The emperor goose is a waterfowl species. The emperor goose has a stout blue-gray body, with spots of black and white, which cause it to have a “scaled appearance”. Its head and the back of its neck are white and tinged with amber-yellow. The goose is also characterized by a black chin and throat, a white tail, a pink bill, which is tipped with white, and yellow-orange legs and feet.
Goslings (i.e. young shortly after hatching) are grayish-white colored; unlike adults, their bill is black. Goslings are also distinguished from adults by having gray, brown, or black feet and an area of white surrounding the bill for the first three weeks after hatching. Juveniles are mostly gray colored, with a small amount of white on their feathers. Younger juveniles have a dark head and neck, with their head being dusty-colored with patches of white. However, after October, their head and upper neck turn to mostly white, although they still have scattered darker feathers. By the first winter, juveniles have the same coloring and features as adults.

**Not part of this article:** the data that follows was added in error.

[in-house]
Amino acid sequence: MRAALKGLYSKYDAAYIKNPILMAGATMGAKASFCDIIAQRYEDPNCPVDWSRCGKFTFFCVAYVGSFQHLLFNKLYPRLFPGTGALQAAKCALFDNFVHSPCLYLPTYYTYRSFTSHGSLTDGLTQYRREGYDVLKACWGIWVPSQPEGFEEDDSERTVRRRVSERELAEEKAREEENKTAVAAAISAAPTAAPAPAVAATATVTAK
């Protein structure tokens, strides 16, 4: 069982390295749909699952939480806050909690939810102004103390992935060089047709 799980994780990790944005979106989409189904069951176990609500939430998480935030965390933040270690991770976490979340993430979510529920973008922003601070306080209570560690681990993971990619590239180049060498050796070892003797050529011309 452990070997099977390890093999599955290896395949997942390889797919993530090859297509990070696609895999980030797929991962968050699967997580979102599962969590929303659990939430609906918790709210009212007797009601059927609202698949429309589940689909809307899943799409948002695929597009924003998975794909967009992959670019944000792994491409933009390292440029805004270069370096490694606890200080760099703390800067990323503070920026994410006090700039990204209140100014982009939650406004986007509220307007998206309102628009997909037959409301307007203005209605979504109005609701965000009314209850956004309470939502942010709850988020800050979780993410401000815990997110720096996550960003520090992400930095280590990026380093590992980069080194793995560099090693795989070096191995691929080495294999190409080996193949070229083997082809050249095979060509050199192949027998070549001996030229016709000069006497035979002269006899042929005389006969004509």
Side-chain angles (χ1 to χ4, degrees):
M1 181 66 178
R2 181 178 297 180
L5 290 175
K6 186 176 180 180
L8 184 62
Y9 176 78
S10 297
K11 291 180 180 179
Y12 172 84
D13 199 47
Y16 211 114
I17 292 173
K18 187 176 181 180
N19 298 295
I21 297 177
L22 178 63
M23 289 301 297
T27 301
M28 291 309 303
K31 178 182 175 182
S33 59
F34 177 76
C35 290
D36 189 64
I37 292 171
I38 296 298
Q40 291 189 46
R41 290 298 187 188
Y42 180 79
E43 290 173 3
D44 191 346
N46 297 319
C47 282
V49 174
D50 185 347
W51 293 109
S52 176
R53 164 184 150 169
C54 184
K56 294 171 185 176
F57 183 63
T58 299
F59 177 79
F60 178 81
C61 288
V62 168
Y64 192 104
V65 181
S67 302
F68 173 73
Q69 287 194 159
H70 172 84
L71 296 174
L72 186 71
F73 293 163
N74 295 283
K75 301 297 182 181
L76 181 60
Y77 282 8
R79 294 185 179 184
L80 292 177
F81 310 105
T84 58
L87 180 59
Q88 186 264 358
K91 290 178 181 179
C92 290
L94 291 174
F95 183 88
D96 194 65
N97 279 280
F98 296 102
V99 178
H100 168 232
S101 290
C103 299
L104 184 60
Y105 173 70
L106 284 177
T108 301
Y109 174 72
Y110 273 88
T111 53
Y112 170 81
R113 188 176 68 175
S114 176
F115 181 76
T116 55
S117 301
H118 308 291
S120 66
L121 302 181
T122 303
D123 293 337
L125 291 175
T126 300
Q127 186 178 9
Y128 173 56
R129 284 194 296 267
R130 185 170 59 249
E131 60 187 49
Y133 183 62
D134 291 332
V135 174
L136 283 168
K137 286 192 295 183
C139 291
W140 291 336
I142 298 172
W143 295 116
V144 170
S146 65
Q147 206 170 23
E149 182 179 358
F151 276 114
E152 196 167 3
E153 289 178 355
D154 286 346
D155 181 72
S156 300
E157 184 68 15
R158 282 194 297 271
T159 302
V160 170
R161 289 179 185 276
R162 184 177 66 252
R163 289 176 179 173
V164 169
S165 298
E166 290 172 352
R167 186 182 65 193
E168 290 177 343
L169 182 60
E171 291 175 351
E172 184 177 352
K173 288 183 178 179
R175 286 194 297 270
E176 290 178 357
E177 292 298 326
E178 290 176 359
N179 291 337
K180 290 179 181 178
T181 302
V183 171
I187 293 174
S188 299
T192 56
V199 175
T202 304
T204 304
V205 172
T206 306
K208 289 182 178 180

Adult males grow to a total length of 66–71 cm and females 65–70 cm. The goose has a wingspan of 119 cm. Because of its short wings, it flies slowly, requiring quick strokes. Males weigh between 2-3 kg. They have a mean weight of 2.4 kilograms, while females have a mean weight of 2 kilograms. It has a heavy body and short neck compared to other geese.